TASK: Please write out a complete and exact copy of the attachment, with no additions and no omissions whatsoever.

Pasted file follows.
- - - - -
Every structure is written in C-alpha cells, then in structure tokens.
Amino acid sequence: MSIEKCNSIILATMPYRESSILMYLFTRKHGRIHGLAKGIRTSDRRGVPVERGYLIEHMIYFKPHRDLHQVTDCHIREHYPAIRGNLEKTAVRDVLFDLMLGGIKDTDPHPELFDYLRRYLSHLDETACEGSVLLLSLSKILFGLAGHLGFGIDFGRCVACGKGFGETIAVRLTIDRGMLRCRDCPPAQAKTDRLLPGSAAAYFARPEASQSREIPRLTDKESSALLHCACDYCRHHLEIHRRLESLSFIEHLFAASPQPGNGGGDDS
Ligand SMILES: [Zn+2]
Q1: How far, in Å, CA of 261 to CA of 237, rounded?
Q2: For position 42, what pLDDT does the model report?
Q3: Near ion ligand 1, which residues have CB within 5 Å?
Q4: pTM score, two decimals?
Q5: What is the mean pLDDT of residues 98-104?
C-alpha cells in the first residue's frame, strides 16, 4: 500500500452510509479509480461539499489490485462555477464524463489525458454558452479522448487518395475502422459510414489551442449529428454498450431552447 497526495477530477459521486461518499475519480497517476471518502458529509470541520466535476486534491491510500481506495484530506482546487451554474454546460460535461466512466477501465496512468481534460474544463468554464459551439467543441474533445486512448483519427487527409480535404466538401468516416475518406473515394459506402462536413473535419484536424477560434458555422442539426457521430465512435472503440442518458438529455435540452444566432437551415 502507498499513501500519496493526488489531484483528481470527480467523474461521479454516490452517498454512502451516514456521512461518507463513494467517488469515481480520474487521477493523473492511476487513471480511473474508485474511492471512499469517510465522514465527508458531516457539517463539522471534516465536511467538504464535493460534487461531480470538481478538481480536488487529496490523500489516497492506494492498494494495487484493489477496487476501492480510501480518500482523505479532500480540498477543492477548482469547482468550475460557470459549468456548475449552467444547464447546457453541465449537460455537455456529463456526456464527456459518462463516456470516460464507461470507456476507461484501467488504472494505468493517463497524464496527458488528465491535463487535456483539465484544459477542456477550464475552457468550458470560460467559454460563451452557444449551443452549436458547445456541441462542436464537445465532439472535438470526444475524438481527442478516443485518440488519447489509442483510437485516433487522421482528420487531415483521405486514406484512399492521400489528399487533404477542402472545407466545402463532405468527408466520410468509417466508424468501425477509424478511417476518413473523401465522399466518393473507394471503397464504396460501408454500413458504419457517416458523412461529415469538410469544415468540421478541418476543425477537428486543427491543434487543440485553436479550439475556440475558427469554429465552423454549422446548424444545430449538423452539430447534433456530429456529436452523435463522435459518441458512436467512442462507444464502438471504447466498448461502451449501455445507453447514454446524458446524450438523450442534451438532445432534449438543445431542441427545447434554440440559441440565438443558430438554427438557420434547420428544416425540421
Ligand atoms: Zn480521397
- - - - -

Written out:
Every structure is written in C-alpha cells, then in structure tokens.
Amino acid sequence: MSIEKCNSIILATMPYRESSILMYLFTRKHGRIHGLAKGIRTSDRRGVPVERGYLIEHMIYFKPHRDLHQVTDCHIREHYPAIRGNLEKTAVRDVLFDLMLGGIKDTDPHPELFDYLRRYLSHLDETACEGSVLLLSLSKILFGLAGHLGFGIDFGRCVACGKGFGETIAVRLTIDRGMLRCRDCPPAQAKTDRLLPGSAAAYFARPEASQSREIPRLTDKESSALLHCACDYCRHHLEIHRRLESLSFIEHLFAASPQPGNGGGDDS
Ligand SMILES: [Zn+2]
Q1: How far, in Å, CA of 261 to CA of 237, rounded?
Q2: For position 42, what pLDDT does the model report?
Q3: Near ion ligand 1, which residues have CB within 5 Å?
Q4: pTM score, two decimals?
Q5: What is the mean pLDDT of residues 98-104?
C-alpha cells in the first residue's frame, strides 16, 4: 500500500452510509479509480461539499489490485462555477464524463489525458454558452479522448487518395475502422459510414489551442449529428454498450431552447 497526495477530477459521486461518499475519480497517476471518502458529509470541520466535476486534491491510500481506495484530506482546487451554474454546460460535461466512466477501465496512468481534460474544463468554464459551439467543441474533445486512448483519427487527409480535404466538401468516416475518406473515394459506402462536413473535419484536424477560434458555422442539426457521430465512435472503440442518458438529455435540452444566432437551415 502507498499513501500519496493526488489531484483528481470527480467523474461521479454516490452517498454512502451516514456521512461518507463513494467517488469515481480520474487521477493523473492511476487513471480511473474508485474511492471512499469517510465522514465527508458531516457539517463539522471534516465536511467538504464535493460534487461531480470538481478538481480536488487529496490523500489516497492506494492498494494495487484493489477496487476501492480510501480518500482523505479532500480540498477543492477548482469547482468550475460557470459549468456548475449552467444547464447546457453541465449537460455537455456529463456526456464527456459518462463516456470516460464507461470507456476507461484501467488504472494505468493517463497524464496527458488528465491535463487535456483539465484544459477542456477550464475552457468550458470560460467559454460563451452557444449551443452549436458547445456541441462542436464537445465532439472535438470526444475524438481527442478516443485518440488519447489509442483510437485516433487522421482528420487531415483521405486514406484512399492521400489528399487533404477542402472545407466545402463532405468527408466520410468509417466508424468501425477509424478511417476518413473523401465522399466518393473507394471503397464504396460501408454500413458504419457517416458523412461529415469538410469544415468540421478541418476543425477537428486543427491543434487543440485553436479550439475556440475558427469554429465552423454549422446548424444545430449538423452539430447534433456530429456529436452523435463522435459518441458512436467512442462507444464502438471504447466498448461502451449501455445507453447514454446524458446524450438523450442534451438532445432534449438543445431542441427545447434554440440559441440565438443558430438554427438557420434547420428544416425540421
Ligand atoms: Zn480521397